NEW YORK (CNNMoney) -- The Obama administration is taking another swing at improving its main foreclosure prevention program.
The administration said it was expanding eligibility for its Home Affordable Modification Program, known as HAMP, to borrowers with higher debt loads and tripling the incentives it pays banks that reduce principal on loans.
The administration also said it would offer incentives to Fannie Mae and Freddie Mac to reduce principal on loans. Previously, the government had only offered incentives to private lenders and banks. The program was also extended to December 2013. It was initially set to expire at the end of this year.
The changes were announced in a joint press conference held by Housing and Urban Development Secretary Shaun Donovan, Assistant Treasury Secretary Tim Massad, and White House National Economic Council Director Gene Sperling on Friday afternoon.
Originally designed to help some 4 million mortgage borrowers when it was first introduced in February, 2009, HAMP has helped fewer than 1 million homeowners.
With these changes, HAMP is turning into an "all of the above strategy to help responsible homeowners lower their costs and stay in their homes," said Gene Sperling, the Director of the National Economic Council, who also took part in the press conference.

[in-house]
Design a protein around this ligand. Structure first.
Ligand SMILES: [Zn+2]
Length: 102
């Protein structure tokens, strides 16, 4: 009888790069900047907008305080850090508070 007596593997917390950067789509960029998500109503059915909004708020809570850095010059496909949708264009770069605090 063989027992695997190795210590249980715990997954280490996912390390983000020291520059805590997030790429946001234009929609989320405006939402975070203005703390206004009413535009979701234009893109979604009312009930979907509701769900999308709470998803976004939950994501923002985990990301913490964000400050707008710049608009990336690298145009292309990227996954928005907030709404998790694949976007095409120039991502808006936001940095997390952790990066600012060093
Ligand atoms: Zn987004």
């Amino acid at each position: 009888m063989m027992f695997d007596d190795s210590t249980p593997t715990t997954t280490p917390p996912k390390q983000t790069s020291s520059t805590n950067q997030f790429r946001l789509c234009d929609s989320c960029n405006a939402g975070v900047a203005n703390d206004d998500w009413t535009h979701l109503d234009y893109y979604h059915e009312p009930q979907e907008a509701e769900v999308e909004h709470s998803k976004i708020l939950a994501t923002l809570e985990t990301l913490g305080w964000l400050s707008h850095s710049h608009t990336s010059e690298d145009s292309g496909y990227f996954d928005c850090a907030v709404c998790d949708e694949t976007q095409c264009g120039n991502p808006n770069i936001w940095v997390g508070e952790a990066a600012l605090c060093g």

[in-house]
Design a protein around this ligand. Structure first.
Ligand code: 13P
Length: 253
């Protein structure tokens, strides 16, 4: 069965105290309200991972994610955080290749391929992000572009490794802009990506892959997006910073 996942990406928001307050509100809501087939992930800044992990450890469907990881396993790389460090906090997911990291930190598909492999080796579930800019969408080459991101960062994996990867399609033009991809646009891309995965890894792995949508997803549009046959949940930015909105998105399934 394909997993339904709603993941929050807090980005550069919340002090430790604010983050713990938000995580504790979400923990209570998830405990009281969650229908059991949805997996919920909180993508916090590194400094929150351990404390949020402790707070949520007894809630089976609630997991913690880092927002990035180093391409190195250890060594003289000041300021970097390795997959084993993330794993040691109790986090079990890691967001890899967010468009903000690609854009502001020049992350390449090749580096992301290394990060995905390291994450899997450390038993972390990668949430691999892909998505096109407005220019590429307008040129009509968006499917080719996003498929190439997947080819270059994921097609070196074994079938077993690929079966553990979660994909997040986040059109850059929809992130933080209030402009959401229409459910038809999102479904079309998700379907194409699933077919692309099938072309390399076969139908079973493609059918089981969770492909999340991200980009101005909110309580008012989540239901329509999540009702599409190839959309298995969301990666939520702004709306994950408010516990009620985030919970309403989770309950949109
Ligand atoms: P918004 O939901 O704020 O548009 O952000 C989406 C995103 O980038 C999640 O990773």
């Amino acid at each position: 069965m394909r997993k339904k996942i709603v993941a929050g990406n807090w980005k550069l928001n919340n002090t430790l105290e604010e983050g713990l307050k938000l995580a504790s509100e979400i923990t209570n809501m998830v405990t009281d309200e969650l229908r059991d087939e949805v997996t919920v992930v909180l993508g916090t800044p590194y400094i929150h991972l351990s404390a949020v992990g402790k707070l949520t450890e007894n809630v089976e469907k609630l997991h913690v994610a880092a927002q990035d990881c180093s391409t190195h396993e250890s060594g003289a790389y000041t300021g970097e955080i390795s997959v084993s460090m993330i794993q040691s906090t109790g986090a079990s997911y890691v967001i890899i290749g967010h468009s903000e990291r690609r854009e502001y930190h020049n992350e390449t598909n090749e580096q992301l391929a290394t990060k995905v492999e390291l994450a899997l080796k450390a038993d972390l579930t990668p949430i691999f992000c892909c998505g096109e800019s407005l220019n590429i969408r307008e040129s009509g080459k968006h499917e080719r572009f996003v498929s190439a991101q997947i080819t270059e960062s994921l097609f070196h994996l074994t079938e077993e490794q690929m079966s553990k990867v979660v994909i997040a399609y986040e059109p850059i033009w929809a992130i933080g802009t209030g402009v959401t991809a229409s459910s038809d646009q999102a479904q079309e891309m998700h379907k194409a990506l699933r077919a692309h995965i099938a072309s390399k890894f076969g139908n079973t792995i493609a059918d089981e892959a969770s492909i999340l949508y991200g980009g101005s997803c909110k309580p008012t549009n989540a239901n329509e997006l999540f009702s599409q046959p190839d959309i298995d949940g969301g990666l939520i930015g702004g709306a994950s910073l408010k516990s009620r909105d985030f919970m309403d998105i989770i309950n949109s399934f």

Here's a rundown of the new changes:
While the new changes could greatly expand the number of homeowners that receive help from HAMP, it could invite controversy. Subsidizing real estate investors with taxpayer money in a time of rising rents doesn't makes much sense to Anthony Sanders, a real estate professor at George Mason University, for example.
Yet, HUD Secretary Shaun Donovan said that it doesn't matter whether the house next door to you is occupied by a tenant or an owner.
"If the house goes vacant, the value of your house goes down $5,000 or $10,000 that day," he said. "These are major problems for homeowners."
Following the press conference, the Federal Housing Finance Agency, which oversees Fannie and Freddie, issued a statement that said it would consider the changes to the HAMP program.
However, it noted that an analysis it recently conducted found "that principal forgiveness did not provide benefits that were greater than principal forbearance," signaling that the housing authority may not support reducing the principal on loans as a way to help homeowners.
No new funds need be allocated for HAMP's expansion. Since less than $10 billion of the $29 billion set aside for the program has been spent so far, said Timothy Massad, Assistant Secretary for Financial Stability at the Treasury Department. The administration would not hazard a guess at how many more borrowers the expanded program would help.
The changes in HAMP do not take effect until the end of April, but a Treasury spokeswoman said any struggling homeowners should reach out and seek foreclosure prevention counseling immediately. That way, they can learn their options, which could include trying to hold on until the new HAMP is ready.
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